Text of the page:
An easily predictable outcome of this conception is that an owner of an older, potentially useful and potentially valuable item, might leave it in a damaged, deteriorating and unusable state, rather than have it repaired or restored. It has been my experience that most people do not protect those items from further damage due to misuse, even when they have decided that they might be valuable later. Some pieces that might be cared for while being properly used (think of grandpa’s rocker rotting in the shed rather than sitting in the family room or library) could be lost.

Some sensible approaches to this situation might include careful consultation with the client about what the options are prior to beginning any work and getting a contract or indemnification to protect the technician. Of course, if the expected value of the item is high, it might pay to get an appraisal by an expert to clarify the risk.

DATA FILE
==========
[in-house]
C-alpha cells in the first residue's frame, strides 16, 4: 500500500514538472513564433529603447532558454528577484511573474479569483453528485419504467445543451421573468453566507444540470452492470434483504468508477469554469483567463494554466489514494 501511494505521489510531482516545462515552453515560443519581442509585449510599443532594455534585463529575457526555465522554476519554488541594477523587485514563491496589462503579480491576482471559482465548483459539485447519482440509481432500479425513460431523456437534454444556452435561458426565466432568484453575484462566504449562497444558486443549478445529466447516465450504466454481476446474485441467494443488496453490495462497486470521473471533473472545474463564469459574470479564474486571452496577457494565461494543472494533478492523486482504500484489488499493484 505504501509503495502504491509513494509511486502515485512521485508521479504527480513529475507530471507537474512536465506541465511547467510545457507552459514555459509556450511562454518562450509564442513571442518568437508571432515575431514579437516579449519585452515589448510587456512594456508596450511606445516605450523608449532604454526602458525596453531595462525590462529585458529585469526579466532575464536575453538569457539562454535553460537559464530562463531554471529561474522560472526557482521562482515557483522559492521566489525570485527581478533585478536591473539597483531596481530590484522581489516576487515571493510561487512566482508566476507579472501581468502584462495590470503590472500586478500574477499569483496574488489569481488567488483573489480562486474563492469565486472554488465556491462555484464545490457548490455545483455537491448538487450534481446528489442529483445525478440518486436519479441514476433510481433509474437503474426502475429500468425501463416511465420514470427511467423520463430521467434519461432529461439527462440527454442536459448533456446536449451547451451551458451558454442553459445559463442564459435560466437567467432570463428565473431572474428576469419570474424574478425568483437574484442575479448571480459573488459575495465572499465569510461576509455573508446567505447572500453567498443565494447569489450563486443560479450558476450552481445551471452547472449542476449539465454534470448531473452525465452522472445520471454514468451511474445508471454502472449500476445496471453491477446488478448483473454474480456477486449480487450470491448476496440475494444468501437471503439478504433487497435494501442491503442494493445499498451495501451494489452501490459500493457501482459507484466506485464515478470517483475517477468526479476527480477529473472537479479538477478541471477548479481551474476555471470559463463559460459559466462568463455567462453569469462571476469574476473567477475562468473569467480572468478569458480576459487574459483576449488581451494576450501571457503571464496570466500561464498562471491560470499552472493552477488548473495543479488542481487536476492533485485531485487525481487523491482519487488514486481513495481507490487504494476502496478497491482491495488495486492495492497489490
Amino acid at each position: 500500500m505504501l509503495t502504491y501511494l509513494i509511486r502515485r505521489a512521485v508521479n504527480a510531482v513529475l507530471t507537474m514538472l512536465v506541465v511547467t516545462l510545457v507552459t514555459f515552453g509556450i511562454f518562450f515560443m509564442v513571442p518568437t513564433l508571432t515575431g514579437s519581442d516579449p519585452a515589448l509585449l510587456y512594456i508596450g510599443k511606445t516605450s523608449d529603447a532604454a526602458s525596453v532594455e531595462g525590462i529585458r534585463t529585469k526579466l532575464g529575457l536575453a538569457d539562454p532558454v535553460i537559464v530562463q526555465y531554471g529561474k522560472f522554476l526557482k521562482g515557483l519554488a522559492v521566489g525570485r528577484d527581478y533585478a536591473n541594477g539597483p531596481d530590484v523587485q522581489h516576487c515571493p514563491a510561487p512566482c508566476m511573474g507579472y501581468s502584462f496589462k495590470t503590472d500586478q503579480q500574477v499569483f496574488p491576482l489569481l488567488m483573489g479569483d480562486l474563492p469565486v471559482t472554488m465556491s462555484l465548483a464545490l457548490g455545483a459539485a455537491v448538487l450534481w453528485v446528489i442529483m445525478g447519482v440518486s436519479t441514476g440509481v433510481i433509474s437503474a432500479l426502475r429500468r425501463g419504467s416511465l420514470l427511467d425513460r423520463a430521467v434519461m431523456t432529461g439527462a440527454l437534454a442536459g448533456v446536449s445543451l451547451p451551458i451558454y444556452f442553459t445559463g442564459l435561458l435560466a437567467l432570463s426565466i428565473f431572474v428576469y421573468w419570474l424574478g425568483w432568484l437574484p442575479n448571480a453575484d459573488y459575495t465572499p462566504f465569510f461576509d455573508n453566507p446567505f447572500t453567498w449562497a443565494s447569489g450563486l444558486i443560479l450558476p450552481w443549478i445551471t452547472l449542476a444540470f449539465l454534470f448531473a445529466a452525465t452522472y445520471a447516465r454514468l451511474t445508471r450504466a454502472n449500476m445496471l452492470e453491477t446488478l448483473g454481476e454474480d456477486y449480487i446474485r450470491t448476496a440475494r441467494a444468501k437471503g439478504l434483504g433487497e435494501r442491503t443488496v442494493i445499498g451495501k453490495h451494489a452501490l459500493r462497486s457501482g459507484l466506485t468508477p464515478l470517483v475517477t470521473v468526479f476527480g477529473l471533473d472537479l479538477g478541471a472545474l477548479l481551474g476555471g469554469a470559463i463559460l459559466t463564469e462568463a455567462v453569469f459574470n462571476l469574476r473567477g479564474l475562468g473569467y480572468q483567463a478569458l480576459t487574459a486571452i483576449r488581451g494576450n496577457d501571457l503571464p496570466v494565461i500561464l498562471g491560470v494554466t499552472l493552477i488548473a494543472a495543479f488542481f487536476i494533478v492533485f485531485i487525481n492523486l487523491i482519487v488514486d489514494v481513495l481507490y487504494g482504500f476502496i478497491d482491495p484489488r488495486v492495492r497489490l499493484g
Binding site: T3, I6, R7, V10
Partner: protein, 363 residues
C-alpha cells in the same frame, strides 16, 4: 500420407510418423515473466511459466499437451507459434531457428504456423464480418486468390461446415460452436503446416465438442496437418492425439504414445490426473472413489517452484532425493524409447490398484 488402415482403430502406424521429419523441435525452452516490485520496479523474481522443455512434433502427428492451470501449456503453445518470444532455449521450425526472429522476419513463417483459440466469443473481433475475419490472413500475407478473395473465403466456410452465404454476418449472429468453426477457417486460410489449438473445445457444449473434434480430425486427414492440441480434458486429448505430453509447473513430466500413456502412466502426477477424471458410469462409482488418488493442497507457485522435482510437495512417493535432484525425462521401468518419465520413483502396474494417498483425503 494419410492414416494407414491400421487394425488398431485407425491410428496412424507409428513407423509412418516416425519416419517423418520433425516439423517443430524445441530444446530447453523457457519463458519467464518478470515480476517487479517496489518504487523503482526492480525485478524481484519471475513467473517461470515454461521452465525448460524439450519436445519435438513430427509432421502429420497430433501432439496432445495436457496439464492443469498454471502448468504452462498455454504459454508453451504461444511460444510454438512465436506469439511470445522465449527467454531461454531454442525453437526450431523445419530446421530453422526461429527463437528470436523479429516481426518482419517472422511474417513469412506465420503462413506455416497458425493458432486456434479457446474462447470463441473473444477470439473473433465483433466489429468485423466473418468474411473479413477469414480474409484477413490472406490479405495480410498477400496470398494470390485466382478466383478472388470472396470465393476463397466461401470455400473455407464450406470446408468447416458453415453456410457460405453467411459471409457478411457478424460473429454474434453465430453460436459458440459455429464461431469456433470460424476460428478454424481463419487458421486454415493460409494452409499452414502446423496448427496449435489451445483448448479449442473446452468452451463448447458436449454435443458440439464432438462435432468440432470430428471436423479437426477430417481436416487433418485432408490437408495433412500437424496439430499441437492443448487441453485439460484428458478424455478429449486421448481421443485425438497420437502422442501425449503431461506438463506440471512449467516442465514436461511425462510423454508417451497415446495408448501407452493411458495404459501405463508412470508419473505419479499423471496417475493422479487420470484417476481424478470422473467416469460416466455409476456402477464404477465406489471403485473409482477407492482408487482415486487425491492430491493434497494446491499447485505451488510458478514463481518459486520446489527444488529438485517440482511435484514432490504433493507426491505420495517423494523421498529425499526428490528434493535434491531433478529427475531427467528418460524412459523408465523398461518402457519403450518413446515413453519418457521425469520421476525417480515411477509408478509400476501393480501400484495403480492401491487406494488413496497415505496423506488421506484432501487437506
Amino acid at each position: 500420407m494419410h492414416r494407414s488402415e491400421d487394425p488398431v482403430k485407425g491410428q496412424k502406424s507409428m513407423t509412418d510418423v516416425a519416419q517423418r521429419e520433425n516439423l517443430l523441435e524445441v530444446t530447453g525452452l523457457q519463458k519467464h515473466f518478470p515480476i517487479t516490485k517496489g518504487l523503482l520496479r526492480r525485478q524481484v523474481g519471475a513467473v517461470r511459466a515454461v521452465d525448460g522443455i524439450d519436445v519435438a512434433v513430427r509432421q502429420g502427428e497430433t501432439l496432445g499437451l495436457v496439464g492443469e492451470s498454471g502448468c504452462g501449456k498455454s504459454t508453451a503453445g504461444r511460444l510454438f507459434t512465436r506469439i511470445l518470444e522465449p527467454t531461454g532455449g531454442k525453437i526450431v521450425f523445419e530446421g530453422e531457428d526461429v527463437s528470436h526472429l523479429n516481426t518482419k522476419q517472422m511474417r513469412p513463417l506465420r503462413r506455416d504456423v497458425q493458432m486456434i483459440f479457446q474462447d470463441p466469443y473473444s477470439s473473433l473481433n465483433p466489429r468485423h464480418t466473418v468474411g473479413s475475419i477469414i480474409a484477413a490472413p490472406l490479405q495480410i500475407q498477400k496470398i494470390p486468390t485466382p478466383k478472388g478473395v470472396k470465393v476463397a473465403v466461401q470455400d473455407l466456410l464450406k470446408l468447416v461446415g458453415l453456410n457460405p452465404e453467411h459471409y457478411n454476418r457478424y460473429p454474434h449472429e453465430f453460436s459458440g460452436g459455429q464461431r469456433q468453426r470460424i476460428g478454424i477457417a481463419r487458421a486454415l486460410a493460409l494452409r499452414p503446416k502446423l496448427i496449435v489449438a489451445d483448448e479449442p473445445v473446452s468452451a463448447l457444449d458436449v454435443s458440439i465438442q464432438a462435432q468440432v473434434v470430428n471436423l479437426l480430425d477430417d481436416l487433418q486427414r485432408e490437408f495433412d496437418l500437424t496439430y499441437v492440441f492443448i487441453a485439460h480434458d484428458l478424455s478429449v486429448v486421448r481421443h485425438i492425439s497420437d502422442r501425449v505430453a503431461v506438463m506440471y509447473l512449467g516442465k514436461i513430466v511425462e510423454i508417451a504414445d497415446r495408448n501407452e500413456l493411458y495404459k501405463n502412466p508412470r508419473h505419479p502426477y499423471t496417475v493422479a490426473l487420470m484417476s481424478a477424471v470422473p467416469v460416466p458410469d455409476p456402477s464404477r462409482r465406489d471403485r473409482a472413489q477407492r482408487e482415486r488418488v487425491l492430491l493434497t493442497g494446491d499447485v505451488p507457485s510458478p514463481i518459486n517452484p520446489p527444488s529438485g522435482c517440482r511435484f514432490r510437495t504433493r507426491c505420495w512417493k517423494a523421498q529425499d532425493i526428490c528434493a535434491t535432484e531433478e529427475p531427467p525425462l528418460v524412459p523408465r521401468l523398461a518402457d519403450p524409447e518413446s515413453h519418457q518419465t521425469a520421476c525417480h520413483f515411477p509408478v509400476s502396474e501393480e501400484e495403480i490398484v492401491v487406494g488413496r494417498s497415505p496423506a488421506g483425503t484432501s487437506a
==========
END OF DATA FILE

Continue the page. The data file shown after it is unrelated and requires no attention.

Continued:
Technicians are becoming, understandably, more concerned about the possibility of lawsuits or other action being taken against them for negligence in refinishing or repair for using techniques or materials that are later believed to have been inappropriate for the item, resulting in some loss of value. This should not often be reason to turn down business, but could require a little more care and greater rapport between the technician and the client.

Join forces

Don’t underestimate the awesome power of a community of craftsmen, artisans, manufacturers and vendors who are willing to share information, expertise, experience and brainpower freely with others in related vocations. Some partnerships can be casual, such as those with people and businesses who have contiguous and overlapping customers and clients, such as the association between a cabinet shop with extensive wood fabricating tools and skills and a refinishing shop and an upholsterer.

A more formal business partnership might have an outside touchup technician working as a contractor to a new furniture retail store and a refinishing shop and the refinishing shop does custom finishing for a cabinetmaker. They each sub-contract to the other partners for skills or shop resources.

Greg Williams, formerly senior touchup and finishing instructor for Mohawk Finishing Products, is now a freelance instructor and consultant.

This article originally appeared in the December 2015 issue.